I very much enjoyed your demo of the Hammersmith Piano Curt, a very convincing demonstration of the substantial difference in quality between these High Definition (HD) sounds and the standard Wersi sounds. Having had these HD sounds on the Scala for some time now, I can confidently predict that two things will happen to you. The first is that once you have an equivalent HD sound you will never again want to use the Wersi sound, and the second is that you will almost certainly develop an addiction known as ‘Library Creep’. This is a condition whereby once you have acquired one library you just have to have another and another and another. As a consequence your SSD will fill and your wallet will empty!

    Some suggestions for further work/videos on Kontakt.

    1) Initialisation of the Kontakt Multi.
    I think it would be useful to show how the default Kontakt Multi (or any other equivalent) containing the Instrument Banks is set as a VST Preset and thus loaded at boot-up. For maximum flexibility I would recommend instantiating all 16 Instrument Banks. Also since you now have a sizeable library (the Hammersmith Piano) you will be able to quantify the effect on the boot-up time of having multiple copies of something of this size.

    2) Editing of Kontakt Sounds
    Users will want to make changes to the default Kontakt sounds, and there are two ways to do this. My initial method was the same as Chris was detailing in his post. Here we make the necessary changes to the library copy, save this as a new version and then load this into the appropriate slot in the Instrument Banks. [Incidentally Chris, I don’t know whether you picked this up in one of my previous posts but on OAX there’s no need to hard code external sounds with a particular MIDI channel, we can use the ‘sys’ (system) option with the sound. This activates the dynamic allocation of MIDI channels by the OAX, so the process is just the same as that for the internal VSTs]. The second method is to use the MIDI Continuous Controllers (CCs). On OAS we have a bank of these available on the external MIDI system for each MIDI channel. OAS owners will recognise these as ‘Reverb’, ‘Chorus’, Delay’, ‘Panorama’ etc. These can be mapped to any of the controls in the Kontakt sound using the ‘MIDI Learn’ feature in Kontakt. So in this method we use the default settings for the sound in the Instrument Bank and the CCs in the Total Preset to make the required adjustments.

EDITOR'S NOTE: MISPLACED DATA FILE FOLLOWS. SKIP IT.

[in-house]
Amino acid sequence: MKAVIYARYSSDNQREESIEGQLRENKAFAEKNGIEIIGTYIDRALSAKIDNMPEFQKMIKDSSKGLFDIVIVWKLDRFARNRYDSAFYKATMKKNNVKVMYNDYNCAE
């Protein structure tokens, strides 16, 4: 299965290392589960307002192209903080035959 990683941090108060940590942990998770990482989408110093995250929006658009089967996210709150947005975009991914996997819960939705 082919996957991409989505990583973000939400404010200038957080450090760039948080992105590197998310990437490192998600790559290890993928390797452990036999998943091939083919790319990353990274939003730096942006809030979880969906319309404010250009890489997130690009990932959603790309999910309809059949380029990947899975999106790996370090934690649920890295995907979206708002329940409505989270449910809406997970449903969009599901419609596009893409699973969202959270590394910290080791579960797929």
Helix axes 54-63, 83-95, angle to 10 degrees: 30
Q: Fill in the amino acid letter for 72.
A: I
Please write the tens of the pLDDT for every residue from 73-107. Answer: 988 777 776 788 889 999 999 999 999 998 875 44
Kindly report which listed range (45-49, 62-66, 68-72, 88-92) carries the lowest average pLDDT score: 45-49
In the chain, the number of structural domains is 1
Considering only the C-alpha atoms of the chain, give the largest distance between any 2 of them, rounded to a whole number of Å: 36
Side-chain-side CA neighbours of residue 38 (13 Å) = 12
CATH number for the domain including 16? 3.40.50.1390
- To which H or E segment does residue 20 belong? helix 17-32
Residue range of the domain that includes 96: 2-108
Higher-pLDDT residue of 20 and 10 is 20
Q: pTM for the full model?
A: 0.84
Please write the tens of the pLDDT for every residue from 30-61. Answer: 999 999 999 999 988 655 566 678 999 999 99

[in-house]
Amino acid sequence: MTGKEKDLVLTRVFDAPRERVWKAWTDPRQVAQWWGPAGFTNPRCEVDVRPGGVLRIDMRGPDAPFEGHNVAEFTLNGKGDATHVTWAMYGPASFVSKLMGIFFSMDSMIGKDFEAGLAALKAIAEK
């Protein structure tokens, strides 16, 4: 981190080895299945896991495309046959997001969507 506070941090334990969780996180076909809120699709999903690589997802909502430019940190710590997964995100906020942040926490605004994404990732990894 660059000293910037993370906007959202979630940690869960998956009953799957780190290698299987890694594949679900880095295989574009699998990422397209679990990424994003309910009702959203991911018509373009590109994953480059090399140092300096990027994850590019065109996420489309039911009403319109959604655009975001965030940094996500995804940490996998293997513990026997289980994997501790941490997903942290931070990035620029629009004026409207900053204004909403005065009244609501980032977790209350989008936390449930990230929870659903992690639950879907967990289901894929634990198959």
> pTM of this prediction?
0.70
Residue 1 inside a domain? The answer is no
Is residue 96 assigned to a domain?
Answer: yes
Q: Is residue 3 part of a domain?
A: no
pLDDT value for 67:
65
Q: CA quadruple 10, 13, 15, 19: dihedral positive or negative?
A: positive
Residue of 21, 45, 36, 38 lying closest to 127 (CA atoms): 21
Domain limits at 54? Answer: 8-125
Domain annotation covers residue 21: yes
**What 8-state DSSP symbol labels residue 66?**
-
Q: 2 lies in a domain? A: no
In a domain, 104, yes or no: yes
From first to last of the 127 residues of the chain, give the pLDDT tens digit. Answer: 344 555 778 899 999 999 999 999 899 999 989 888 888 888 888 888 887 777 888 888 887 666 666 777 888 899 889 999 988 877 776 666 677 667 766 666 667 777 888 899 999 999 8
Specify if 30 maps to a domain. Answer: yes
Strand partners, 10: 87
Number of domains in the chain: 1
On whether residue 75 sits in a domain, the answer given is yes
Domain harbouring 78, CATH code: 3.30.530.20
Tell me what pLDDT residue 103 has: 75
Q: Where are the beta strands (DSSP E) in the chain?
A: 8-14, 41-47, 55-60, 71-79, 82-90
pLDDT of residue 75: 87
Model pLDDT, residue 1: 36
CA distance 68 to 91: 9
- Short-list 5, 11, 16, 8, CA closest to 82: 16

Bill has pointed out that we have a similar bank of general purpose CCs available for VSTs, so it would be good to demonstrate how this method of editing can be implemented. Overall I think it’s a better method as it doesn’t involve continually having to modify the contents of the Instrument Banks. One thing to check though, it would be preferable to have dedicated CCs available for each MIDI channel (as in OAS) so that if we have more than one instance of the same Kontakt sound on the manuals and pedals, we can adjust these independently.

    3) Alternative way of Accessing Kontakt Sounds
    The Instrument Bank feature in Kontakt is not a particularly well developed feature. There’s hardly any reference to it in the manual, the preferred method for assembling sounds being the multi. So in this method we throw away the Instrument Banks and assemble our sounds together in the multi, not in the OAX. We have an initial multi that contains all the sounds we need for the first Total Preset of a song. Then we construct additional multis for the subsequent Total Presets, again with the required sounds. Kontakt has a facility for sequencing through consecutive multis (it’s an arrow in the Kontakt toolbar) which enables us to sequence through the Total Presets as the song progresses. In the OAX we only need one preset, loaded at the same time as the initial Kontakt multi. This contains the MIDI codes for the MIDI channels we are using in the multi. So our Kontakt VST sound Program Numbers are not now addressing sounds, they are defining MIDI channels. (All this presupposes that we can attach a prescribed MIDI channel to a VST sound). We therefore require only 16 of these sounds (one for each MIDI channel) to access any Kontakt sound or combination of sounds, as opposed to up to the128 required when using Instrument Banks. The advantage of this method is that we have a direct access to the Kontakt sounds in the multi, whereas using Instrument Banks adds an additional layer to the access process and can sometimes produce aberrations in the sounds. I think it’s worth giving it a try, some users might prefer this method.

    Meanwhile keep up the good work you Wersiteers, who would have thought that an obscure article some time ago now on how to upgrade a Wersi by some bloke in the UK would have led to all of this !!

    Jeff

    Reply
    • 08/21/2017 at 09:41
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      Jeff – Since this discussion could go on and on and… I’m going to save your comments and cut them up into 3 separate posts. I’m thinking that will make it a little easier to follow along. Of course I suppose each of those threads could also go on and on and… 🙂